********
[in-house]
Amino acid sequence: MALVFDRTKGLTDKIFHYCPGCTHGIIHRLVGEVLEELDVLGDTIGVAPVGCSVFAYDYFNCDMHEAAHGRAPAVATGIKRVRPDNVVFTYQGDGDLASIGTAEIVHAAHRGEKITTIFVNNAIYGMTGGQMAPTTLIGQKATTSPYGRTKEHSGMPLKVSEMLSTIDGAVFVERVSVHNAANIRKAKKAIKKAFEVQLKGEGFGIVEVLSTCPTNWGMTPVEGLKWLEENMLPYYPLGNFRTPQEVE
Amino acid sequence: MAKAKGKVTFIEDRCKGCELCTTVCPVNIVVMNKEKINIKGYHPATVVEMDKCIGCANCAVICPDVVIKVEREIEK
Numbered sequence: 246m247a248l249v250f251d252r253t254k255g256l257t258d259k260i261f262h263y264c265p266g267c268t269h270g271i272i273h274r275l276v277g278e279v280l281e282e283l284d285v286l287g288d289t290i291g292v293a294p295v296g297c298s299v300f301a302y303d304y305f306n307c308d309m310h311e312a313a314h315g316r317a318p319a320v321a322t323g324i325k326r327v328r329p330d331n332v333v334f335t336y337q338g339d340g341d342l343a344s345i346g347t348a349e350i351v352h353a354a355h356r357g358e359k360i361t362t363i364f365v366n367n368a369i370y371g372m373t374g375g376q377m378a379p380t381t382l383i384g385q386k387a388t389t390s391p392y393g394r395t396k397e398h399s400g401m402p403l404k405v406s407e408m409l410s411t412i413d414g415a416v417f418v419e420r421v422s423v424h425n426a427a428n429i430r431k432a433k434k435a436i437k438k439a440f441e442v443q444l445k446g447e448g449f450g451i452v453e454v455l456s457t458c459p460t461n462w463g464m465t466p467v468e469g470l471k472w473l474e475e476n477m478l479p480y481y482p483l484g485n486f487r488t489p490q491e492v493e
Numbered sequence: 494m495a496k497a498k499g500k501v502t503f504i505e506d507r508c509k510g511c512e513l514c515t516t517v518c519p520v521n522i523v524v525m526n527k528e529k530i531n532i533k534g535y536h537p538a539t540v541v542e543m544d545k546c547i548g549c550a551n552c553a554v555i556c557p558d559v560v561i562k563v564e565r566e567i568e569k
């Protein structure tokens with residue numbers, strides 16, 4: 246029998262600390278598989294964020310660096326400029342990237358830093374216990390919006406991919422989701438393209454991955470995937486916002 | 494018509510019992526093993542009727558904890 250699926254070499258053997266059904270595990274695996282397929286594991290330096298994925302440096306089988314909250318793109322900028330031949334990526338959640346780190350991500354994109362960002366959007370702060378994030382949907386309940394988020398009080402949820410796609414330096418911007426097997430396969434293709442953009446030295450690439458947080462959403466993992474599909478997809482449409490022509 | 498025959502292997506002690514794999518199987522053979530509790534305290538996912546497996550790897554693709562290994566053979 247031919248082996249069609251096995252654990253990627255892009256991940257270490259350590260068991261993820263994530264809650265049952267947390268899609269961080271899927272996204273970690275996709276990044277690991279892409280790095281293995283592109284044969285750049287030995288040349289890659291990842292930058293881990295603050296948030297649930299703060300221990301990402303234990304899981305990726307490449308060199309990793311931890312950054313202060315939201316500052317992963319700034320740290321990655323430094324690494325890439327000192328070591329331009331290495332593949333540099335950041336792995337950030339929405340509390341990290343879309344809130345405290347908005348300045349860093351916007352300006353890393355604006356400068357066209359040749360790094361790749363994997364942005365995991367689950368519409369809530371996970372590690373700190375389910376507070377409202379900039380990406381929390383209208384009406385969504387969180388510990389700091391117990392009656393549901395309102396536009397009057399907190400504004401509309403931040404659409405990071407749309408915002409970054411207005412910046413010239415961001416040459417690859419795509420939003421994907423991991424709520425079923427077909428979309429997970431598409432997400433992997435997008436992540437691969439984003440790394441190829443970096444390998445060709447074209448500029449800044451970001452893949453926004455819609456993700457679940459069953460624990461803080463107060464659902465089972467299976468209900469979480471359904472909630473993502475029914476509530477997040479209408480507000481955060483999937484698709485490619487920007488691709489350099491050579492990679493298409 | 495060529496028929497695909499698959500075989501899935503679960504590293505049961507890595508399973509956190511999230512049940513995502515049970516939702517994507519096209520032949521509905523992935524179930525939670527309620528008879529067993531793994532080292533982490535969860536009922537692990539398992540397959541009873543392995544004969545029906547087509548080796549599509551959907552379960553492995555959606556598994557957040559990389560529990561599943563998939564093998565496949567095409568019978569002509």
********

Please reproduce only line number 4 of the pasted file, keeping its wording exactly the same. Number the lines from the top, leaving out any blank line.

Numbered sequence: 246m247a248l249v250f251d252r253t254k255g256l257t258d259k260i261f262h263y264c265p266g267c268t269h270g271i272i273h274r275l276v277g278e279v280l281e282e283l284d285v286l287g288d289t290i291g292v293a294p295v296g297c298s299v300f301a302y303d304y305f306n307c308d309m310h311e312a313a314h315g316r317a318p319a320v321a322t323g324i325k326r327v328r329p330d331n332v333v334f335t336y337q338g339d340g341d342l343a344s345i346g347t348a349e350i351v352h353a354a355h356r357g358e359k360i361t362t363i364f365v366n367n368a369i370y371g372m373t374g375g376q377m378a379p380t381t382l383i384g385q386k387a388t389t390s391p392y393g394r395t396k397e398h399s400g401m402p403l404k405v406s407e408m409l410s411t412i413d414g415a416v417f418v419e420r421v422s423v424h425n426a427a428n429i430r431k432a433k434k435a436i437k438k439a440f441e442v443q444l445k446g447e448g449f450g451i452v453e454v455l456s457t458c459p460t461n462w463g464m465t466p467v468e469g470l471k472w473l474e475e476n477m478l479p480y481y482p483l484g485n486f487r488t489p490q491e492v493e